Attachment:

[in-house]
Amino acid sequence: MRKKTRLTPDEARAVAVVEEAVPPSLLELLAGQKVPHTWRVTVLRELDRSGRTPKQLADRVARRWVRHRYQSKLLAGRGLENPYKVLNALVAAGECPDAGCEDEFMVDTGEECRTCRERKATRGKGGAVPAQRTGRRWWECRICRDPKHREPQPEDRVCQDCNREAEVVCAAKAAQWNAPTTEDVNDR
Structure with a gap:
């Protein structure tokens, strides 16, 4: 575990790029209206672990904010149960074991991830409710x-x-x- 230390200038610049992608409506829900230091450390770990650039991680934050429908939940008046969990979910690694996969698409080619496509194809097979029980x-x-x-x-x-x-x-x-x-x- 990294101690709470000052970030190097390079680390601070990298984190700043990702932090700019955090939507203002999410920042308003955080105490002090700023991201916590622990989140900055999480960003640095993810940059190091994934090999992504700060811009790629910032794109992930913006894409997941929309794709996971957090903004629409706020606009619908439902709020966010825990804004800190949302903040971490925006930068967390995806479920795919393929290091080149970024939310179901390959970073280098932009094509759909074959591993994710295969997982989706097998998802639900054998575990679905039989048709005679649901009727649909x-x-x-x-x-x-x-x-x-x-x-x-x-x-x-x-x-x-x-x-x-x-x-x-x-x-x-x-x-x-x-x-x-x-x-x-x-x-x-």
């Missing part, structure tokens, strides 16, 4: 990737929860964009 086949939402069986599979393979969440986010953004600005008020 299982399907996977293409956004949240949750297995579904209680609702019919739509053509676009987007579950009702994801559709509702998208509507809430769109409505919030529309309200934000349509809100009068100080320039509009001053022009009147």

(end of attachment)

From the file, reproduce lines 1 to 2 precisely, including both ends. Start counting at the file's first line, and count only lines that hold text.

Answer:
[in-house]
Amino acid sequence: MRKKTRLTPDEARAVAVVEEAVPPSLLELLAGQKVPHTWRVTVLRELDRSGRTPKQLADRVARRWVRHRYQSKLLAGRGLENPYKVLNALVAAGECPDAGCEDEFMVDTGEECRTCRERKATRGKGGAVPAQRTGRRWWECRICRDPKHREPQPEDRVCQDCNREAEVVCAAKAAQWNAPTTEDVNDR